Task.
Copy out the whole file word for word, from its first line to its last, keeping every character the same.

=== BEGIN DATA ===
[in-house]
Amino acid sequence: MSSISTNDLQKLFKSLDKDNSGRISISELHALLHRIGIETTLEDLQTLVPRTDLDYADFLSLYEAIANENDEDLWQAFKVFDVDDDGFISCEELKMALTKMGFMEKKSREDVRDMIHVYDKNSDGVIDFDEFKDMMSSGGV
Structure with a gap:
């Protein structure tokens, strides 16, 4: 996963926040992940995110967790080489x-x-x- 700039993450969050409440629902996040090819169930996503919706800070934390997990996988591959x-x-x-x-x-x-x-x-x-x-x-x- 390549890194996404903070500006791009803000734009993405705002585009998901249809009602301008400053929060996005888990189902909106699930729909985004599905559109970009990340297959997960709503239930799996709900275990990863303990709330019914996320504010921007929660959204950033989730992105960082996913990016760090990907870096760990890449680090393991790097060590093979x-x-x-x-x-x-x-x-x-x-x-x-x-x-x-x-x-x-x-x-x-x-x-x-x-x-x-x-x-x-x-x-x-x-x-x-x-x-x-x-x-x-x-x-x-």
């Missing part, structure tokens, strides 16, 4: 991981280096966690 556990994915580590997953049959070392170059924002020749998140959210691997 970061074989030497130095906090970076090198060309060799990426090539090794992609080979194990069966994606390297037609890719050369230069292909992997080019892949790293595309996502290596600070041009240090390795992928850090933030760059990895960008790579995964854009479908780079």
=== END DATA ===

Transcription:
[in-house]
Amino acid sequence: MSSISTNDLQKLFKSLDKDNSGRISISELHALLHRIGIETTLEDLQTLVPRTDLDYADFLSLYEAIANENDEDLWQAFKVFDVDDDGFISCEELKMALTKMGFMEKKSREDVRDMIHVYDKNSDGVIDFDEFKDMMSSGGV
Structure with a gap:
């Protein structure tokens, strides 16, 4: 996963926040992940995110967790080489x-x-x- 700039993450969050409440629902996040090819169930996503919706800070934390997990996988591959x-x-x-x-x-x-x-x-x-x-x-x- 390549890194996404903070500006791009803000734009993405705002585009998901249809009602301008400053929060996005888990189902909106699930729909985004599905559109970009990340297959997960709503239930799996709900275990990863303990709330019914996320504010921007929660959204950033989730992105960082996913990016760090990907870096760990890449680090393991790097060590093979x-x-x-x-x-x-x-x-x-x-x-x-x-x-x-x-x-x-x-x-x-x-x-x-x-x-x-x-x-x-x-x-x-x-x-x-x-x-x-x-x-x-x-x-x-």
């Missing part, structure tokens, strides 16, 4: 991981280096966690 556990994915580590997953049959070392170059924002020749998140959210691997 970061074989030497130095906090970076090198060309060799990426090539090794992609080979194990069966994606390297037609890719050369230069292909992997080019892949790293595309996502290596600070041009240090390795992928850090933030760059990895960008790579995964854009479908780079």